Swede kimchi
Monday, 1st April 2024 by Clare Heal
swede kimchi by clare heal sycamore smyth

A flavour-packed and gut-friendly recipe from chef and fermentarian Clare Heal aka Sycamore Smyth, who picks her GC bag up at Finsbury Park every week. 

This is a version of kkakdugi, a type of kimchi usually made with diced radish. Here I’ve swapped the radish for super-seasonal swede. It has a denser, earthier crunch but is still delicious. It’s great with all sorts of things but I particularly like it with rice and a fried egg for a quick WFH lunch. 

swede kimchi rice fried egg by Clare Heal Sycamore Smyth


1 medium swede
2 tbsp flaky sea salt
1⁄2 inch ginger
6 cloves garlic
4 spring onions
1 tbsp sugar
2 tbsp gochugaru Korean chilli flakes (or to taste)
3 tbsp fish sauce (for a veggie option, replace with 2 tbsp light soy sauce and 1 tbsp miso)



Use a scrupulously clean glass or ceramic jar with an airtight lid. One medium-sized swede filled a 750ml jar. 

Peel the swede and chop into 2cm cubes. Keep the top – we’ll use it later as a pickle weight. Put the cubes in a bowl and add the salt. Toss well to combine evenly then leave for an hour or so. The salt will draw water from the swede, which will dissolve and form a brine.

Drain the swede, reserving the brine. 

Finely chop or mince the garlic and ginger. Thinly slice the spring onions (whites and greens). 

Put the garlic, ginger and onions in the bowl that previously contained the swede. Add the sugar, chilli flakes and fish sauce (or veggie equivalent) and mix everything to a loose paste. Add a little of the reserved brine if it seems a bit dry. Have a taste – it’ll be pretty in-your-face, but should be fairly delicious, even before fermentation has taken place. Spicy, savoury and sweet. Adjust the chilli levels if you like. 

Add the swede to the paste and toss so every cube is evenly coated, then pack the kimchi into your jar, pushing it down to eliminate as much air as possible. Add your swede top to keep it packed down and seal the jar. Place it on a plate or tray to catch any leakage and leave at room temperature, out of direct sunlight.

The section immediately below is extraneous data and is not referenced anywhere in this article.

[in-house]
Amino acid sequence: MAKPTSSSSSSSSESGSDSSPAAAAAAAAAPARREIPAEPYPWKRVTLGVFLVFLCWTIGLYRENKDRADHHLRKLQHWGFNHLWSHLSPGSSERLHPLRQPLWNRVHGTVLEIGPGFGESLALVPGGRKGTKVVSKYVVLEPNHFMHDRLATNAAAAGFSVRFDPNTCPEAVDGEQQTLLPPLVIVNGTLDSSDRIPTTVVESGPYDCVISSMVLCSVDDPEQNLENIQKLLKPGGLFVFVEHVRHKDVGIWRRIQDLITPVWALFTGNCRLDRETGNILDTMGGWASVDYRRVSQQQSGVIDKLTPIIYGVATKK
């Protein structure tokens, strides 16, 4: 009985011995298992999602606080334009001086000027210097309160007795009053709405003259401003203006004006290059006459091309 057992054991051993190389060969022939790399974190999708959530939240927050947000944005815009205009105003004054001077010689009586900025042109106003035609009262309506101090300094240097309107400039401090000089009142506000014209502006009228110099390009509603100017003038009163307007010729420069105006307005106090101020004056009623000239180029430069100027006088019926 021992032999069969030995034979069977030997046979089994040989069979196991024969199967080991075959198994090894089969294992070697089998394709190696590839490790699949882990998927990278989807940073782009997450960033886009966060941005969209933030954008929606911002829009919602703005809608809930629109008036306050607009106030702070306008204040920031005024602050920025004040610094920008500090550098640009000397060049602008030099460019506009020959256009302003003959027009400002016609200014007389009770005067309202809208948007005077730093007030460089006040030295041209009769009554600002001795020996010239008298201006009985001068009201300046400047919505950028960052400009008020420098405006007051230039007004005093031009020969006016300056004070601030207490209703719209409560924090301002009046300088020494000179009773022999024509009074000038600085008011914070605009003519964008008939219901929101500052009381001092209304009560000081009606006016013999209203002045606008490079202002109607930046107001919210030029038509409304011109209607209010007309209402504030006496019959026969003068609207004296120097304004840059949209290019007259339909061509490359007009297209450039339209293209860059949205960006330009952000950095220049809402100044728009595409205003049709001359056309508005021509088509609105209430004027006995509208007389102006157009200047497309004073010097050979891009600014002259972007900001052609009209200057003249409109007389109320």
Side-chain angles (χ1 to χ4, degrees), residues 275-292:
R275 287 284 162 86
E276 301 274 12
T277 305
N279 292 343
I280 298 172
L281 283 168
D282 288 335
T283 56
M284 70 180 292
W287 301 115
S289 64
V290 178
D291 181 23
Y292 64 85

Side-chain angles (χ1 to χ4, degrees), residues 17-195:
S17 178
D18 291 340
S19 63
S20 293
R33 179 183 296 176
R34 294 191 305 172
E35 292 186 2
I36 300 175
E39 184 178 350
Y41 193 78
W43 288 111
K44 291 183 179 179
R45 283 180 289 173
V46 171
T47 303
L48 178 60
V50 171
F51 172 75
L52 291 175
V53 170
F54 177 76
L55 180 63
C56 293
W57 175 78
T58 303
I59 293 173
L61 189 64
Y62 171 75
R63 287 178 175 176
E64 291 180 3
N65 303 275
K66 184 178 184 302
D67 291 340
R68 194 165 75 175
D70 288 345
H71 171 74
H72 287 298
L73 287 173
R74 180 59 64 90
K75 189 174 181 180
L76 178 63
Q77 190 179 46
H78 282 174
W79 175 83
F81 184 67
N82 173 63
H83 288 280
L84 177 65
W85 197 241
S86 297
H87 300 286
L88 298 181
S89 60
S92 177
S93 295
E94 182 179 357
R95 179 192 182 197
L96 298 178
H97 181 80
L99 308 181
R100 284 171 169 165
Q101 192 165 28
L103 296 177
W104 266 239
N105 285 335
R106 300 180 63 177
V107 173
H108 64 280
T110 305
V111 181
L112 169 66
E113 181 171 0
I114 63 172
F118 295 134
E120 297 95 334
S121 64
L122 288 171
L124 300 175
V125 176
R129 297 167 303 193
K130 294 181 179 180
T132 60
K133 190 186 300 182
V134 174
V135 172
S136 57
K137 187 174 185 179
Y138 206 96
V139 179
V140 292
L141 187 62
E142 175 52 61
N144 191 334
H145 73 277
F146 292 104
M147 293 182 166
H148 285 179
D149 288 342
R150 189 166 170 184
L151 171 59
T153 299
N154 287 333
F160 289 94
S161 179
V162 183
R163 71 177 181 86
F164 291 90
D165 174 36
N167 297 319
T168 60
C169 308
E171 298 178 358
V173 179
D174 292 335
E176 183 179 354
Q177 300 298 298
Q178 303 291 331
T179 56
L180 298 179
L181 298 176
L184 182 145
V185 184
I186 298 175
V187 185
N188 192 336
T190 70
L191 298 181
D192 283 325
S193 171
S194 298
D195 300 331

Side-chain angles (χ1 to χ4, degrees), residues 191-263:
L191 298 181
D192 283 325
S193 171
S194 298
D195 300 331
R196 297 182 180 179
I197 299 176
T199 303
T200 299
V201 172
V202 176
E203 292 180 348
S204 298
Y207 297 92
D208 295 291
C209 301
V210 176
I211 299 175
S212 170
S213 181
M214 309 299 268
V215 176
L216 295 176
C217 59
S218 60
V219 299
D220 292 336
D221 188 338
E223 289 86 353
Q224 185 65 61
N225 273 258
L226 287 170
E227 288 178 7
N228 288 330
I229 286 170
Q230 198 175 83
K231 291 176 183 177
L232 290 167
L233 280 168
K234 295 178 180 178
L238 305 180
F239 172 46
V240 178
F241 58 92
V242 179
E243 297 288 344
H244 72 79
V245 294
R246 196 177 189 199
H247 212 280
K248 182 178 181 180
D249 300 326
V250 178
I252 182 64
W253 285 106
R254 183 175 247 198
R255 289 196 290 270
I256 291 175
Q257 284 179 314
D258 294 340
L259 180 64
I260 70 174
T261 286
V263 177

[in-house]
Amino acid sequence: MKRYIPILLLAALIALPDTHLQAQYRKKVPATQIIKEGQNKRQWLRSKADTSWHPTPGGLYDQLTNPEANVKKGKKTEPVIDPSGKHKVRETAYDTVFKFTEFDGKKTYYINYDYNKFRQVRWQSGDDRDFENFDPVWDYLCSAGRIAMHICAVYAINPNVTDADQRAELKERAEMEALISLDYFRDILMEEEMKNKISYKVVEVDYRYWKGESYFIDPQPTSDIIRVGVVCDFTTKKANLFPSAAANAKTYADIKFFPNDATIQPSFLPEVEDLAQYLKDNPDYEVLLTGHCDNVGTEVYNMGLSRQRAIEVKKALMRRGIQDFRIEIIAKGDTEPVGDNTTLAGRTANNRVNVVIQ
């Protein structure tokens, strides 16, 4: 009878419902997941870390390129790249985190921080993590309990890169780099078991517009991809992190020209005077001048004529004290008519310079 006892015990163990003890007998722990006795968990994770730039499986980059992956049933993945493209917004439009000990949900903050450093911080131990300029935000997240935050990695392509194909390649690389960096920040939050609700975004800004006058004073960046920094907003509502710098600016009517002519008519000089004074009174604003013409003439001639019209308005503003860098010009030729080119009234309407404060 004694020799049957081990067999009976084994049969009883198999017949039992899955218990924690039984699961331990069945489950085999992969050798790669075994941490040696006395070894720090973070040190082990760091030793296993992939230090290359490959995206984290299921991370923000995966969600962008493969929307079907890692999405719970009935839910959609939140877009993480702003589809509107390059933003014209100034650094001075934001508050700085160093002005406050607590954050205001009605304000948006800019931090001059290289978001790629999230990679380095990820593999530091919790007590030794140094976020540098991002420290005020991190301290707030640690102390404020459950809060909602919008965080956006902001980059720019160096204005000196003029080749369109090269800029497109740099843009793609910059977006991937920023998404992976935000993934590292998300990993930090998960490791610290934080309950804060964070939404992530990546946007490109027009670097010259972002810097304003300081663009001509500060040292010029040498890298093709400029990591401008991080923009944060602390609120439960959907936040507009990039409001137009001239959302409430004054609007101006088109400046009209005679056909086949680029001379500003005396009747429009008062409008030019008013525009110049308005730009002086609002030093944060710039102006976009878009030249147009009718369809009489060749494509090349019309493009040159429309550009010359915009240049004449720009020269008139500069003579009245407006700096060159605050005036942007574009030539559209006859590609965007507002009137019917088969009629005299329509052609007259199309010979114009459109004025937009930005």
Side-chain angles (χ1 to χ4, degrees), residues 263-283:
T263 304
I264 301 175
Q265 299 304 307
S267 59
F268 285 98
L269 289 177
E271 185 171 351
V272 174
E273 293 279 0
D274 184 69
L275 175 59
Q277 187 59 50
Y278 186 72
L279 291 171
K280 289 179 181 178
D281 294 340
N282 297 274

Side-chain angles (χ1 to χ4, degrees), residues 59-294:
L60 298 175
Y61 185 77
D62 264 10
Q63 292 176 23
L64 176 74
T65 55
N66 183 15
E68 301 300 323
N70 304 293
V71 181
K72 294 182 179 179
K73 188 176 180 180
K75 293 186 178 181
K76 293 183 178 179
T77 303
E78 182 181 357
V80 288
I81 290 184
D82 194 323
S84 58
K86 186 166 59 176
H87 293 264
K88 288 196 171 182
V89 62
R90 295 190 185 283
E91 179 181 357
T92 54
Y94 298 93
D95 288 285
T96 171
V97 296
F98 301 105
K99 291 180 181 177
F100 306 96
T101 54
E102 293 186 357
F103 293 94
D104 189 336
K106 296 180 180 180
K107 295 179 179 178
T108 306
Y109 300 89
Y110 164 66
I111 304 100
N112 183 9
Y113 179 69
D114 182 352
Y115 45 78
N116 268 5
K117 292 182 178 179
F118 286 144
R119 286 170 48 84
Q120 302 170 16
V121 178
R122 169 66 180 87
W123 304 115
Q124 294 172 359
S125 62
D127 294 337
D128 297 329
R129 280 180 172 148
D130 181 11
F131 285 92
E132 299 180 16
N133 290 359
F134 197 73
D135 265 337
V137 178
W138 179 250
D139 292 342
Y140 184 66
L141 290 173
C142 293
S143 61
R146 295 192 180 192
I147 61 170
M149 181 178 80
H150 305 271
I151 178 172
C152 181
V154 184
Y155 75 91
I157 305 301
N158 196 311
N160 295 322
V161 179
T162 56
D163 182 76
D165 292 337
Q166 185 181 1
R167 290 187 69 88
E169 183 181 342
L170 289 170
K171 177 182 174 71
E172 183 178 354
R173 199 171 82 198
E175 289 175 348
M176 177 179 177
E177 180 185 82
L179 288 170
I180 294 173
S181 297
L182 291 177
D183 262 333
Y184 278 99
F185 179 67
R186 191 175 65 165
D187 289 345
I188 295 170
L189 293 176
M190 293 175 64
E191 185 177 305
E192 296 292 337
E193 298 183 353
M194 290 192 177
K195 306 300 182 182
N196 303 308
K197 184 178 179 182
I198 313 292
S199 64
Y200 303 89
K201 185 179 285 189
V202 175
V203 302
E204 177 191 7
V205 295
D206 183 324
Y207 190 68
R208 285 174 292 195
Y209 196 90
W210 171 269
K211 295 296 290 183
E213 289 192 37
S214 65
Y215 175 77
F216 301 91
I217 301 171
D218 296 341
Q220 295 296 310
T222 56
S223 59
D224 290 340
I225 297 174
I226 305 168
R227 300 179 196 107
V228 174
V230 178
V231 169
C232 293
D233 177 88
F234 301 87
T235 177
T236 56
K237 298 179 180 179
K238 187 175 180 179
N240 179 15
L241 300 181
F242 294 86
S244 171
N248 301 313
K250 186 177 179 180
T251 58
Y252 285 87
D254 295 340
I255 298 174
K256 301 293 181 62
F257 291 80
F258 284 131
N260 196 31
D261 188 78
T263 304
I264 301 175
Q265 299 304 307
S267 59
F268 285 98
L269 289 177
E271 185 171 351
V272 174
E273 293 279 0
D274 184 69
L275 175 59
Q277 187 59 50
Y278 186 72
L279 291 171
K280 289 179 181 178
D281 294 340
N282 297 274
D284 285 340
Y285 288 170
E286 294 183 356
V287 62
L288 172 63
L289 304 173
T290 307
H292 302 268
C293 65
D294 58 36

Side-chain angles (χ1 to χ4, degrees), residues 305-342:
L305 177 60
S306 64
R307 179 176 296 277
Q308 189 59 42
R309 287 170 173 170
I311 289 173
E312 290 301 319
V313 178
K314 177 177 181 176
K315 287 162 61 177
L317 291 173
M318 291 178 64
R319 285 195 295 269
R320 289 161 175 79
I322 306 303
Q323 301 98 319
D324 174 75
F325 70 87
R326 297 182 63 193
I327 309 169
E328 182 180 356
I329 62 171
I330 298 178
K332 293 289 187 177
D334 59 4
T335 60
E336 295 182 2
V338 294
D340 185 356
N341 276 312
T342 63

Check the kimchi every day, opening the jar to let the gas escape and tasting a little bit. It will be pretty active in the first couple of days so be careful when opening it. Don’t wear your best white blouse! 

When it is as sour and funky as you like (anywhere from 2/3 days to 2/3 weeks), move it to the fridge. This won’t stop the fermentation but will slow it right down. The kimchi will keep in the fridge indefinitely, becoming sourer and softer over time. Eat it as a side dish or add to spicy stews and stir fries. 



You’ll find the Korean chilli flakes in almost any Asian supermarket or can easily get them online. 

If you want a more slaw-like consistency you can grate or shred the swede before salting.

You can use this basic recipe with any veg you like. If you experiment with the contents of your Growing Communities bag, let me know how you get on!

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Author name: 
Clare Heal